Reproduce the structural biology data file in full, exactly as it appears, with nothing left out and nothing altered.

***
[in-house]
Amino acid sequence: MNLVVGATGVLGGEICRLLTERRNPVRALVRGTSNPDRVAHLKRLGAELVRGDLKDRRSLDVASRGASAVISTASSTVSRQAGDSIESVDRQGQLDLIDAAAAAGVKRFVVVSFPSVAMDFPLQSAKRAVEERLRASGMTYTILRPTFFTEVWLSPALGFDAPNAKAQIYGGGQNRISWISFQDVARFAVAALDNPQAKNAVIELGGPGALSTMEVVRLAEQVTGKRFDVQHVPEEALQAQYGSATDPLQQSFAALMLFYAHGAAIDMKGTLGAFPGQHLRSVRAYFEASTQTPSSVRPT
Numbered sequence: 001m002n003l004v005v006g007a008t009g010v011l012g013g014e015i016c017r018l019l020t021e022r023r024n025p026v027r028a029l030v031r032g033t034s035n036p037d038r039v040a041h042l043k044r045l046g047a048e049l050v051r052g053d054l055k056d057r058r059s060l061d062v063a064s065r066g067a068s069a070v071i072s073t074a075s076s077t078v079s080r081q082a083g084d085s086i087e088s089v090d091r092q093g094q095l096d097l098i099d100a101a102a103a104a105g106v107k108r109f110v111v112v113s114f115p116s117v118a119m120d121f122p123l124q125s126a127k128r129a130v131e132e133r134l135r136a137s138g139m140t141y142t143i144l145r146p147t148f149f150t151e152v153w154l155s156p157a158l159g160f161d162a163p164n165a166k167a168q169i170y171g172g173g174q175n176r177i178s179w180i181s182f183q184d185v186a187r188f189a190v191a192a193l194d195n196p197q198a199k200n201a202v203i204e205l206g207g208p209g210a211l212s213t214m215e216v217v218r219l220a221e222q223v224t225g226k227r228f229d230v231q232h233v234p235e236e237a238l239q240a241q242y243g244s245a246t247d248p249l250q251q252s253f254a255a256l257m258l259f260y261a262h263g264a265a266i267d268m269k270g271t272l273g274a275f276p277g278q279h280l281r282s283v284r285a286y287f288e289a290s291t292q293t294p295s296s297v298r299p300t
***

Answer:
[in-house]
Amino acid sequence: MNLVVGATGVLGGEICRLLTERRNPVRALVRGTSNPDRVAHLKRLGAELVRGDLKDRRSLDVASRGASAVISTASSTVSRQAGDSIESVDRQGQLDLIDAAAAAGVKRFVVVSFPSVAMDFPLQSAKRAVEERLRASGMTYTILRPTFFTEVWLSPALGFDAPNAKAQIYGGGQNRISWISFQDVARFAVAALDNPQAKNAVIELGGPGALSTMEVVRLAEQVTGKRFDVQHVPEEALQAQYGSATDPLQQSFAALMLFYAHGAAIDMKGTLGAFPGQHLRSVRAYFEASTQTPSSVRPT
Numbered sequence: 001m002n003l004v005v006g007a008t009g010v011l012g013g014e015i016c017r018l019l020t021e022r023r024n025p026v027r028a029l030v031r032g033t034s035n036p037d038r039v040a041h042l043k044r045l046g047a048e049l050v051r052g053d054l055k056d057r058r059s060l061d062v063a064s065r066g067a068s069a070v071i072s073t074a075s076s077t078v079s080r081q082a083g084d085s086i087e088s089v090d091r092q093g094q095l096d097l098i099d100a101a102a103a104a105g106v107k108r109f110v111v112v113s114f115p116s117v118a119m120d121f122p123l124q125s126a127k128r129a130v131e132e133r134l135r136a137s138g139m140t141y142t143i144l145r146p147t148f149f150t151e152v153w154l155s156p157a158l159g160f161d162a163p164n165a166k167a168q169i170y171g172g173g174q175n176r177i178s179w180i181s182f183q184d185v186a187r188f189a190v191a192a193l194d195n196p197q198a199k200n201a202v203i204e205l206g207g208p209g210a211l212s213t214m215e216v217v218r219l220a221e222q223v224t225g226k227r228f229d230v231q232h233v234p235e236e237a238l239q240a241q242y243g244s245a246t247d248p249l250q251q252s253f254a255a256l257m258l259f260y261a262h263g264a265a266i267d268m269k270g271t272l273g274a275f276p277g278q279h280l281r282s283v284r285a286y287f288e289a290s291t292q293t294p295s296s297v298r299p300t